In Memory of My Hero
2010 brought with it many joyous and happy times, but it also brought a time of deep sorrow and loss. My Dad passed away on October 17, 2010. He was truly my hero, my support, my cheerleader. One of the greatest qualities he had was his ability to see the good in people; especially his family. None of us are perfect, but rather than dwell on our inperfections, he chose to dwell on what we did well. He was a joy to be around. Though he was 93 years old; almost 94, he was sharp as a tack right up to the day before he passed.
My Dad was a tool and die maker by trade. He loved to work with his hands. He was methodical in everything he did, from making a part to fix the car, to making cream of wheat cereal for breakfast. That’s just the way his mind worked. Every thing he made was made to perfection. He believed strongly in quality and excellence. He had strong “meaty” hands and as he grew older and used them less, they were so very soft to hold. I always loved his hands. Well, maybe not always, as they were used to provide always well-deserved discipline to my backside!
Dad was a thinker. He would ponder and think about things; his mind was always active. As he grew older, he became very interested and concerned about the political flavor of this country. It was his favorite topic of conversation and would interject his ideas to anyone that he was talking to.
Dad loved to eat. His favorite foods were chocolate (of course!), cheese, spaghetti, scrambled eggs with ham and cheese, and seafood. Last Christmas as I was preparing a dish, he was sitting in the kitchen watching me. He said he loved to watch me cook, because I did things in a very orderly and organized way (methodical? lol). I was spreading the bread crumbs gently over the top of the dish I was making and he made the comment, “you have such a gentle touch, Nancy”. He continued to marvel at my “gentle touch” and then he said, ” yup, you get that from me”. Everyone in the kitchen at the time roared with laughter. Dad had an incredible sense of humor.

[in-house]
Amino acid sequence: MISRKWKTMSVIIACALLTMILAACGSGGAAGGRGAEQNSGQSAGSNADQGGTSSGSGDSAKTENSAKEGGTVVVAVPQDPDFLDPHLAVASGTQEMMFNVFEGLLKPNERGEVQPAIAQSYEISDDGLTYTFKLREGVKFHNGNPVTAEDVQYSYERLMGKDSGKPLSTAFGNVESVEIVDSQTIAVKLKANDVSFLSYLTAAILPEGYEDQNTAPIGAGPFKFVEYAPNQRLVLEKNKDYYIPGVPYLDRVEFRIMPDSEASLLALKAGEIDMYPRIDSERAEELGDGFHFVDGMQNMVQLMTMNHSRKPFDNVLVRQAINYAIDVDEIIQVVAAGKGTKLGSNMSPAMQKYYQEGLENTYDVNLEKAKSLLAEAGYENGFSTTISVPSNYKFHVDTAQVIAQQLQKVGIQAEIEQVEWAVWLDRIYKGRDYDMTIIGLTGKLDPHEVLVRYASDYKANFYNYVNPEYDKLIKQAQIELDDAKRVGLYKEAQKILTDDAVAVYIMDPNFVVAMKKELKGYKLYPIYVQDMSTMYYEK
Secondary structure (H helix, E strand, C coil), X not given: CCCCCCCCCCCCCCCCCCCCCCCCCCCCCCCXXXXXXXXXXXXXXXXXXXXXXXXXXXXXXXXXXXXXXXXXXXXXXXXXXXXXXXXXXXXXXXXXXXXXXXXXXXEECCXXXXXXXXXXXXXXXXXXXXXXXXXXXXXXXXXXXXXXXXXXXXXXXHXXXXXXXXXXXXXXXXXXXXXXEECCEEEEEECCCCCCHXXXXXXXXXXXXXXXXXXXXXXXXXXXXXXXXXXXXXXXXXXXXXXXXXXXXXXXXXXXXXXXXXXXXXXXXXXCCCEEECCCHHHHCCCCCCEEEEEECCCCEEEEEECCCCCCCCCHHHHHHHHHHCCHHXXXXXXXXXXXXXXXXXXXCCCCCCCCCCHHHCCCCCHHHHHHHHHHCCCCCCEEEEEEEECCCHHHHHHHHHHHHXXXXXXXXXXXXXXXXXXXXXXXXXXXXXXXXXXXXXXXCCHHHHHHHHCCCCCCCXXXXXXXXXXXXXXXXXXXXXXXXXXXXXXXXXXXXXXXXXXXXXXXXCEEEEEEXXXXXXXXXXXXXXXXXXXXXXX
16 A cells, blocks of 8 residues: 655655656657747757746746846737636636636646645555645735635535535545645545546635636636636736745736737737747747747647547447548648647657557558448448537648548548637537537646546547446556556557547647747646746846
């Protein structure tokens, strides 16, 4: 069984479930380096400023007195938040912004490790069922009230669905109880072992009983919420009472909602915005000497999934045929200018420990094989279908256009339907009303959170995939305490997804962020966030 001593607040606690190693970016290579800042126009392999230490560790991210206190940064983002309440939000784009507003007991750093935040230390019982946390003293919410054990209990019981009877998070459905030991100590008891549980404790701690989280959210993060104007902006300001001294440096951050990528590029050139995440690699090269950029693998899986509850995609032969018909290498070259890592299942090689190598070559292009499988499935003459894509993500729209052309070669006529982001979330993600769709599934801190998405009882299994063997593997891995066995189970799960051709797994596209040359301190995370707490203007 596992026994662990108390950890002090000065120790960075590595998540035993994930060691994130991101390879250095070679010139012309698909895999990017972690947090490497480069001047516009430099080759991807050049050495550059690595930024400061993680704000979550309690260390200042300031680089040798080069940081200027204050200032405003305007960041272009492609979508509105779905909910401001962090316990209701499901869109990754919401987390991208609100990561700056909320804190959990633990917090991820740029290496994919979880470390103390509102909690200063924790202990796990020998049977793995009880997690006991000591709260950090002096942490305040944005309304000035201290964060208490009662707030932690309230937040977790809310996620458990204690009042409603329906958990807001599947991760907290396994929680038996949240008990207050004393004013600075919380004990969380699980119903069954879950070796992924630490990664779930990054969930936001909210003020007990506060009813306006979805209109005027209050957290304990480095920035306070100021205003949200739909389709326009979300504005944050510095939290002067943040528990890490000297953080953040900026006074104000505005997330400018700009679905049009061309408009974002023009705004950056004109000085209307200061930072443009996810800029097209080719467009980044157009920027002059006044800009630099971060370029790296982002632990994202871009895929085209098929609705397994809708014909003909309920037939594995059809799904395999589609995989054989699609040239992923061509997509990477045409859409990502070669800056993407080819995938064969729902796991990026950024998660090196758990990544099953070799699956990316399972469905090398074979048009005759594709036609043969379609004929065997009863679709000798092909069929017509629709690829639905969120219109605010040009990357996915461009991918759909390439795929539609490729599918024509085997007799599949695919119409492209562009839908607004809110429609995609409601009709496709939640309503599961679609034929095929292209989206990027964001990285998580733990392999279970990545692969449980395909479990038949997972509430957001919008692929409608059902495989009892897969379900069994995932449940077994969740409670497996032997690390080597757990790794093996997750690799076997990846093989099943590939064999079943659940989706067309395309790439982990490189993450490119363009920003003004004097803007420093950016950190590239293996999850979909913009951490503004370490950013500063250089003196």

He loved the home I bought; he thought it was a treasure with all the history, the architectural elements and the beautiful flowers and trees in the yard. He had a mobility chair that he would ride around the yard. He kept a sturdy cable “hook” on his chair, and would find fire ant hills and poke at them as he passed by them. It fascinated him to see the ants come pouring out to defend their hill.
He helped me a great deal in putting up the shelves in the pantry. I used his drill to make the holes for the screws, and to screw those screws into the wall. We lost several drill bits in that process! He was genuinely amazed at all the work I was able to do on the house, and would comment, “Nancy can do anything she sets her hands to”. I think a lot of my abilities came from him. We were indeed a kindred spirit, and I was most definitely a Daddy’s girl.
It saddens me that he won’t be here to see the completed renovation, as much of what I wanted to do would have pleased and benefited him. I still want to discuss things with him. We spent hours on the front porch talking about what I wanted to do next with the house, and I enjoyed getting his input. Somehow, without missing a beat, those conversations were interjected with politics. 🙂 Daddy loved his family; he was proud of every one of us. He was my hero, and I’d like to think he is still watching over me, cheering me on from Heaven.